Religious Leaders Announce Support for DC
Patient Protection Act, Standing with Nurses, Patients
WASHINGTON, DC – Forty-three religious leaders of Washington, DC’s many faith groups announced their support today of the Patient Protection Act of 2013 that would set specific limits on the number of patients for which registered nurses can safely provide care.
The Act was introduced in February in the Council of the District of Columbia by Chairman Phil Mendelson and Council Members Yvette Alexander, Jack Evans, David Grosso, Anita Bonds, Jim Graham, Kenyan McDuffie, Marion Barry, Vincent Orange and Tommy Wells.
“We have a special place in our hearts for those who heal the sick and comfort the afflicted, as they are doing the Lord’s work here on earth,” the statement reads. “Unfortunately, DC’s hospitals are falling short on the quality of the care they provide and on patient satisfaction, so government must step forward to ensure that the public’s health is a priority and there are a sufficient number of skilled, registered nurses taking care of the sick at the bedside.
“In our pastoral duties,” the statement continues, “we often spend considerable time in our city’s hospitals and we can attest that hospital patients are often sicker than in years past and in need of nursing care more than ever. Mandating minimum nurse-to-patient ratios in the hospitals will help ensure that patients get the safe care that they deserve. It will also help minimize the considerable and costly turnover in the hospitals as nurses contend regularly with burnout, mandatory overtime and settings that don’t allow them to provide optimal care.”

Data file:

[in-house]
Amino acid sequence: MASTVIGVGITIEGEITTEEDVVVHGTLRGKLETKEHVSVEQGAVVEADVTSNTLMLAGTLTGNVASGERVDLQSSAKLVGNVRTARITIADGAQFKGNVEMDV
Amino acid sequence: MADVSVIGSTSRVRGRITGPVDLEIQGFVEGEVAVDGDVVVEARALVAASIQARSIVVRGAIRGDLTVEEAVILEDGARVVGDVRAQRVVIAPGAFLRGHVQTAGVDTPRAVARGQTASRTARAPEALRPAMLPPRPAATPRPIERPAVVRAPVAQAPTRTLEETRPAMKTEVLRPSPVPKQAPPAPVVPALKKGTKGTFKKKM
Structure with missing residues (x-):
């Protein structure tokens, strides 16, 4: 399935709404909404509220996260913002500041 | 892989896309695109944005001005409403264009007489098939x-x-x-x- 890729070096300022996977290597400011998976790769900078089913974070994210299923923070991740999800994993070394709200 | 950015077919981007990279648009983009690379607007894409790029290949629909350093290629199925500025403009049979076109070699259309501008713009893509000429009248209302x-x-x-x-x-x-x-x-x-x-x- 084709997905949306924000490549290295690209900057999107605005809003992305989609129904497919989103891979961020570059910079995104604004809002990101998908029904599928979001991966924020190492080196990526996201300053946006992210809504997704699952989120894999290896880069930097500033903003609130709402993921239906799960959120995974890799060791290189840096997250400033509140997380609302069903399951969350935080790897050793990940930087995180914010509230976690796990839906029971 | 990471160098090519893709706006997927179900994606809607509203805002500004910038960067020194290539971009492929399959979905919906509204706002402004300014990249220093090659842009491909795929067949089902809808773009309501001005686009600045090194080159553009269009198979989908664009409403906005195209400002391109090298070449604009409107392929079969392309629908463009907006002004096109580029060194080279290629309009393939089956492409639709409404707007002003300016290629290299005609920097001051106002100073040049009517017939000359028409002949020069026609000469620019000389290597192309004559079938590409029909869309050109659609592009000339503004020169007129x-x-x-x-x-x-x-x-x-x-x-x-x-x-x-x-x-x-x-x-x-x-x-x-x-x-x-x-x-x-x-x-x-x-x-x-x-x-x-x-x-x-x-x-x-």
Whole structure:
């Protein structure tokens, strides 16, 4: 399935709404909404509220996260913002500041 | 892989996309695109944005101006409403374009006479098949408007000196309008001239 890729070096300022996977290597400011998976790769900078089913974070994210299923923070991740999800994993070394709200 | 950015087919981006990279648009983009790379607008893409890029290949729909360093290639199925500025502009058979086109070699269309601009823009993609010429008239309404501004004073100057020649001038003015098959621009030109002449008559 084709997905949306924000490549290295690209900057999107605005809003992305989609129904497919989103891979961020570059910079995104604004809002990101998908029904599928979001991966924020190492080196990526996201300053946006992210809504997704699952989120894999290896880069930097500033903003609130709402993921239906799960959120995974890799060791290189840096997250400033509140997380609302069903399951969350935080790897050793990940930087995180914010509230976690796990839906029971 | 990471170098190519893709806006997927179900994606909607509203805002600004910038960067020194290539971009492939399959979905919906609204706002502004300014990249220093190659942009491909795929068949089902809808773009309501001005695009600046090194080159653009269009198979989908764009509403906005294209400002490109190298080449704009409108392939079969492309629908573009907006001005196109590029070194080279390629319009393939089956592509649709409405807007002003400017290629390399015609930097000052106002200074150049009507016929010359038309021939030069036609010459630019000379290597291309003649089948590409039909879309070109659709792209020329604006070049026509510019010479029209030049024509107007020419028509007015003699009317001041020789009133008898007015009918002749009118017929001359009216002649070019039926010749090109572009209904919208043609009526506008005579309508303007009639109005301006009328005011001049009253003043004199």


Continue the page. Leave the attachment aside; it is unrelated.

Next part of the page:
The signatories are clergy from local congregations from an array of faith groups, including Baptist, United Church of Christ, United Methodist, Presbyterian, Lutheran, Episcopal, Roman Catholic, Jewish, Muslim, and Unitarian.
Rev. Graylan Hagler
“Clergy spend a significant amount of time in our city’s hospitals caring for our congregants,” said Rev. Graylan Hagler, Senior Minister of Plymouth Congregational United Church of Christ. “We see the crisis of understaffing on a regular basis and the negative impact it has on patient care. That’s why so many faith leaders have come together to call for passage of the Patient Protection Act.”
“Nurses regularly see clergy members in our hospitals, which is a tremendous source of comfort to our patients,” said Mindy Blandon, RN, who works in the post-surgical unit at Washington Hospital Center. “Just as RNs understand our patient advocacy must extend beyond the bedside to the halls of the Wilson Building, so do these religious leaders, and RNs across the city are grateful for their support for this vital legislation that will do so much to improve patient care.”
Time and again insufficient nurse staffing has been found to result in inadequate patient care – putting patients at risk for an array of adverse health outcomes.
“DC’s nurses work hard every day to provide excellent care and support to their patients, but current inadequate staffing conditions in DC hospitals undermine their ability to deliver the high-quality care they strive to provide,” said Sandra Falwell RN, who works in the neo-natal intensive care unit at Children’s National Medical Center and is a vice president of National Nurses United.
Modeled after a 1999 law which has been successfully implemented in California, the Patient Protection Act of 2013 addresses this problem by establishing mandatory minimum nurse-to-patient ratios by hospital unit, create whistleblower protection for RNs and other healthcare workers who expose unsafe conditions, and ban mandatory overtime for RNs, a dangerous practice that can lead to medical errors.
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